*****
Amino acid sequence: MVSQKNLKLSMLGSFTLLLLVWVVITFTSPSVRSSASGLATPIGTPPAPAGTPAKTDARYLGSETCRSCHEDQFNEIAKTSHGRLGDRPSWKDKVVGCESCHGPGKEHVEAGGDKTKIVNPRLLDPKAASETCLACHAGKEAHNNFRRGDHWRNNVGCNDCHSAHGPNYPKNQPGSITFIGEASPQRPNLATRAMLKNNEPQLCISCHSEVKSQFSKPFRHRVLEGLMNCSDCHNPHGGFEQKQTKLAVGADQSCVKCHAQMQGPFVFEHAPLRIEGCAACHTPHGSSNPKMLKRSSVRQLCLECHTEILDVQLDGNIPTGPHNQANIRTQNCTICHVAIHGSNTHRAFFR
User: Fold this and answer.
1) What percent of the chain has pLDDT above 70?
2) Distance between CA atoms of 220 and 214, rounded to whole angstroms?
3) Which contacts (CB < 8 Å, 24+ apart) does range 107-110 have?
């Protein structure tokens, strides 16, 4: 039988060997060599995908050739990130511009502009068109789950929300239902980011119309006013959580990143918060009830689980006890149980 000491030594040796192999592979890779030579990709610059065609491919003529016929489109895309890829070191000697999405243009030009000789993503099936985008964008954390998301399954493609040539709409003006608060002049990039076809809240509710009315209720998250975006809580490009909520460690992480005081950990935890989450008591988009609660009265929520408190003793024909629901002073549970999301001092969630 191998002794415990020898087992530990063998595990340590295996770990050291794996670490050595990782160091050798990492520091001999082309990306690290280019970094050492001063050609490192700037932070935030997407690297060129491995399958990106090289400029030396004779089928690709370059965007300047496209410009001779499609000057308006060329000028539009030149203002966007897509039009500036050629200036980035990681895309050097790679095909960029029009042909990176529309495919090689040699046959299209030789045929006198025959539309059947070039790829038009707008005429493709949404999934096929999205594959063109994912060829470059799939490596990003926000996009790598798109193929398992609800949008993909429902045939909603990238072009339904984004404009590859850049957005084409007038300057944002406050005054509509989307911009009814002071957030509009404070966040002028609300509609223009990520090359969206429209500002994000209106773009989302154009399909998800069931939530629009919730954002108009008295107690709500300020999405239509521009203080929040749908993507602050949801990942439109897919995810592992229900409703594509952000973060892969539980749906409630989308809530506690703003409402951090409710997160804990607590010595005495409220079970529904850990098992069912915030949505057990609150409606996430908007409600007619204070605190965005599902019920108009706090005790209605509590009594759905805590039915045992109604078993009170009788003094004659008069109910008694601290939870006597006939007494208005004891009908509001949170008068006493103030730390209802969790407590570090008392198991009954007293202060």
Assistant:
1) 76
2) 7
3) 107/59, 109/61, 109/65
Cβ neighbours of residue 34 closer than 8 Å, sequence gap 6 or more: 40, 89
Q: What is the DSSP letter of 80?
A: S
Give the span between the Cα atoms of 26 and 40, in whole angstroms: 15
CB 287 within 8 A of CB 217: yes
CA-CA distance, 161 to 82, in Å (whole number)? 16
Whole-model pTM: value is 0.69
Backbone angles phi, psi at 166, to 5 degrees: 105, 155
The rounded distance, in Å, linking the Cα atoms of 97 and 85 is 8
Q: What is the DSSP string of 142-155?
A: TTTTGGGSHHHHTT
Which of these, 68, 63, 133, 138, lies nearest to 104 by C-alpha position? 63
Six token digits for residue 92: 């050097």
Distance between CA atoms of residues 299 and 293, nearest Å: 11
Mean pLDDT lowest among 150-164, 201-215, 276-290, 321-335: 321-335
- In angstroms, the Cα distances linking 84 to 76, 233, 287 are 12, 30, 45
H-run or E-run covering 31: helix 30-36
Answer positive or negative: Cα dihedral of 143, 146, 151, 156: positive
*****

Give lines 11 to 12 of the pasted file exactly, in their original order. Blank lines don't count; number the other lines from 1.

Cβ neighbours of residue 34 closer than 8 Å, sequence gap 6 or more: 40, 89
Q: What is the DSSP letter of 80?